When I have to prove that the subset {(3-i, 2+2i,4),(2,2+4i,3),(1-i,-2i,-1)} is a basis of the complex vector space C^{3}, Am I suppose to find an inverse (to obtain the unique solution)?
Thanks in advance for any help you are able to provide.
When I have to prove that the subset {(3-i, 2+2i,4),(2,2+4i,3),(1-i,-2i,-1)} is a basis of the complex vector space C^{3}, Am I suppose to find an inverse (to obtain the unique solution)?
Thanks in advance for any help you are able to provide.
Hey jojo7777777.
Consider that C as a vector space is isomorphic to R^2 and then use the techniques for R^n to get a basis (Hint: you will have a six dimensional space in R^6 with six vectors in your matrix to row-reduce).
My idea was that:
a,b,c∈ℂ to determine d,g,f∈ℂ such that
(a,b,c)=d(3-i,2+2i,4)+g(2,2+4i,3)+f(1-i,-2i,-1) I need to solve for d,g,f to obtain the unique solution, so to show that the given set is a basis.
But how to solve it for d,g,f?
well if they are linearly independent, then they span a subspace of C^{3} of complex dimension 3, which must be C^{3} itself since:
dim_{C}(C^{3}) = 3.
so use the definition of linear independence:
suppose that a(3-i,2+2i,4) + b(2,2+4i,3) +c(1-i,-2i,-1) = 0 = (0,0,0) = (0+0i,0+0i,0+0i).
we get 3 equations in 3 unknowns (the complex numbers a,b and c):
(3-i)a + 2b + (1-i)c = 0
(2+2i)a + (2+4i)b - (2i)c = 0
4a + 3b - c = 0
this system of equations has a UNIQUE solution (namely : (a,b,c) = (0,0,0)) if and only if the matrix:
is invertible (non-singular), which you may determine by row-reduction and/or finding the determinant.
i find the determinant to be:
(3-i)(2+4i)(-1) + (2)(-2i)(4) + (1-i)(2+2i)(3) - (1-i)(2+4i)(4) - (-2i)(3)(3-i) - (-1)(2)(2+2i) =
-10-10i -16i + 12 - (24+8i) - (-6-18i) - (-4-4i) =
-10-10i - 16i + 12 + -24-8i + 6+18i + 4+4i = -12-12i ≠ 0, which settles the matter.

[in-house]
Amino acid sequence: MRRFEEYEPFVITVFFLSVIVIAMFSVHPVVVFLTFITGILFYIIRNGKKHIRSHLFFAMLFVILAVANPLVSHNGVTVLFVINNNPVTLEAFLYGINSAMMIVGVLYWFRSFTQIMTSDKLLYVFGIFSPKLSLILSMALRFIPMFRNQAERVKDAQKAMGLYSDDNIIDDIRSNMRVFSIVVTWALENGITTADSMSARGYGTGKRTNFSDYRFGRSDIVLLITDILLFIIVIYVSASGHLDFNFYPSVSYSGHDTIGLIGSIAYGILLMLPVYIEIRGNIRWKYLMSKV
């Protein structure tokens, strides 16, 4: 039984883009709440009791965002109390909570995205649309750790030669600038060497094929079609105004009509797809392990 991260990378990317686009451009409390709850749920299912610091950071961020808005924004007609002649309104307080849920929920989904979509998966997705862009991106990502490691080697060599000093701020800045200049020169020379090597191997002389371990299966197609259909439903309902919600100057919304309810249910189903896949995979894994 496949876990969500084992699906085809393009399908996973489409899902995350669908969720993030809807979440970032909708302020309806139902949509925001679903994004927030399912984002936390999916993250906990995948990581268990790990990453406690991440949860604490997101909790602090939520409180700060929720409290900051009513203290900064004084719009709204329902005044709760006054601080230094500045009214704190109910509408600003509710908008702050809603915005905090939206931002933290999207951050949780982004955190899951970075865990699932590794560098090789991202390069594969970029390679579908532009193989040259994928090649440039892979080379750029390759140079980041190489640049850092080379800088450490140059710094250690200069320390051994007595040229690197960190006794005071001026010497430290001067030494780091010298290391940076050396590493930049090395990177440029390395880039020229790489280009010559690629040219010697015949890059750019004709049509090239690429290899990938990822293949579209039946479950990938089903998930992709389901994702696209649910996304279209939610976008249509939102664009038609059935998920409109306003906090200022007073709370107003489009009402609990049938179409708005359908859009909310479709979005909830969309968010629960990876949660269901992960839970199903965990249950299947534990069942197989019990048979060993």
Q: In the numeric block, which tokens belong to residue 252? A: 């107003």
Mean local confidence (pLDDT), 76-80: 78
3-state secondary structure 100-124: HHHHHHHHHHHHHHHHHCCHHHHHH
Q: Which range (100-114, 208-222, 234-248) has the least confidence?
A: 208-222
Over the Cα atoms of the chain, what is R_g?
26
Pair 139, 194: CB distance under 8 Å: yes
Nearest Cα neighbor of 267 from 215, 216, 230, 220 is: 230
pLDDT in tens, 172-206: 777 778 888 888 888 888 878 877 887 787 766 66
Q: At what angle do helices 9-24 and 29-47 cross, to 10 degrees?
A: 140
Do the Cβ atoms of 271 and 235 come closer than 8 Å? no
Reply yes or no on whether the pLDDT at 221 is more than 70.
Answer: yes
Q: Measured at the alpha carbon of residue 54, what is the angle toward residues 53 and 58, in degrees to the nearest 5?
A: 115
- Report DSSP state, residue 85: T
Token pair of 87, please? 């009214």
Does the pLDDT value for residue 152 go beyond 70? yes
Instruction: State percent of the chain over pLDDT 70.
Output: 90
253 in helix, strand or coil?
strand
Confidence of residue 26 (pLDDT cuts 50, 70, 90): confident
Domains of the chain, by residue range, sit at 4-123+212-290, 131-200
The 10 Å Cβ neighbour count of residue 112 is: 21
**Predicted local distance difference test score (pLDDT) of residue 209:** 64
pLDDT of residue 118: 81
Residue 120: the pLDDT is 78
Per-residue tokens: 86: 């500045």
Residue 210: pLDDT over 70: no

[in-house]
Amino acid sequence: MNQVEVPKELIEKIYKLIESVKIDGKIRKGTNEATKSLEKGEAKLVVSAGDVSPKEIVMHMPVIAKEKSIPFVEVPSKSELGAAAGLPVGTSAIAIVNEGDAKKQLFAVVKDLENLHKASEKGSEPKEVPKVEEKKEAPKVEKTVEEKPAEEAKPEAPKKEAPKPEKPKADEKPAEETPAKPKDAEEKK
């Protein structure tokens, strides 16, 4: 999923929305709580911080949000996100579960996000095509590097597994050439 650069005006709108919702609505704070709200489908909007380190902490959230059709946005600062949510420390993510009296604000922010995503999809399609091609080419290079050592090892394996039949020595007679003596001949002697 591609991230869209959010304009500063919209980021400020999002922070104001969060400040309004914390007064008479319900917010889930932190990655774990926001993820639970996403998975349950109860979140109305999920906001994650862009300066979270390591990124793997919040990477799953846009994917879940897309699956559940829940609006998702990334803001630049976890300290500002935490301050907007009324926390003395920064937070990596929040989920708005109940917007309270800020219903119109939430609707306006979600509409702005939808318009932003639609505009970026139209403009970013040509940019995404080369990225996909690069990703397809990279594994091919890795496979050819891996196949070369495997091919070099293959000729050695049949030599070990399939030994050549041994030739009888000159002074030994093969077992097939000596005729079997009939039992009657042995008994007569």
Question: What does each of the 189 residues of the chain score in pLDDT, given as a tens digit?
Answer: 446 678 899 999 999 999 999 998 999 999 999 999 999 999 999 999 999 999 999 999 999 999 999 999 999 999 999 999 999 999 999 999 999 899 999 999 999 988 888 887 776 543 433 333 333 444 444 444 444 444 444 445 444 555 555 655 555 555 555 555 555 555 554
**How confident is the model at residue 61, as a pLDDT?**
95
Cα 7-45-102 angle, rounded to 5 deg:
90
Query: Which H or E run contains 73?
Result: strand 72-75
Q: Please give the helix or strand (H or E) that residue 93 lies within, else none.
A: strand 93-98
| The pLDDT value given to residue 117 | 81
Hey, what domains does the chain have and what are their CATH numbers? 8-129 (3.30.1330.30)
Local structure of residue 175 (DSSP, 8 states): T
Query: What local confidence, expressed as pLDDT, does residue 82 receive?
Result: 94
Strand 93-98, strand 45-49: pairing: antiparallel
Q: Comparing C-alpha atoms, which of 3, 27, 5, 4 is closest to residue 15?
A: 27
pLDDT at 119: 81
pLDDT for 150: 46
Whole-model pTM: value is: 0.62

ie, calculate the determinant. See post 4.
Edit: I believe the original question assumed a knowledge of basis, linear independence, and linear independence of rows and columns of matrices for real F. The point was that they apply to a vector space over a field F, whether F is real or complex. If F is real, rows (or columns) of a matrix are linearly independent if the determinant of the matrix is unequal to zero. The same applies if F is complex, and that's the point.
i agree completely. people often get "so used" to doing linear algebra over the reals that the fact that vector spaces can be defined over ANY field (such as Q, or C, or the field of real rational functions in x, or a finite galois field) gets lost in the mix.
in fact, a lot of linear algebra transfers fairly well to integral domains, but some solutions lie outside of the domain (a system of linear equations with integer coefficients may have fractional solutions, for example).
i did the calculations explicitly, because i wanted to show we had a 3x3 determinant to evaluate, and not a 6x6 one (as suggested in an earlier post, which would have been horrendous to actually calculate. to be fair, that post recommended row-reduction which i would probably prefer in a 6-dimensional situation).
I have two questions:
1. Does the row-reduction (when vector space over the complex numbers) obey the "usual rules"- for example the first row will be divided by 3-i?
2. Does integral domain exclude fractional solutions, isn't it about absence of zero divisors?in fact, a lot of linear algebra transfers fairly well to integral domains, but some solutions lie outside of the domain (a system of linear equations with integer coefficients may have fractional solutions, for example).
1) yes
2) Integral domain has fractional solutions: ab=c has a sol for b if a unequal 0.
An integral domain is a commutative ring with a cancellation law ca=cb → a=b, which requires no divisors of zero:
ca=cb → ca-cb=0 → c(a-b)=0 → c = 0 or (a-b)=0. If c ≠ 0, a=b
a & b are divisors of zero if a ≠ 0 and b ≠ 0 and ab = 0.
Example of divisors of zero (Perlis):
Let A & B be 2X2 matrices with rows:
A = (-2,1) & (2,-1)
B = (2,3) & (4,6)
Then A ≠ 0 and B ≠ 0 but AB=0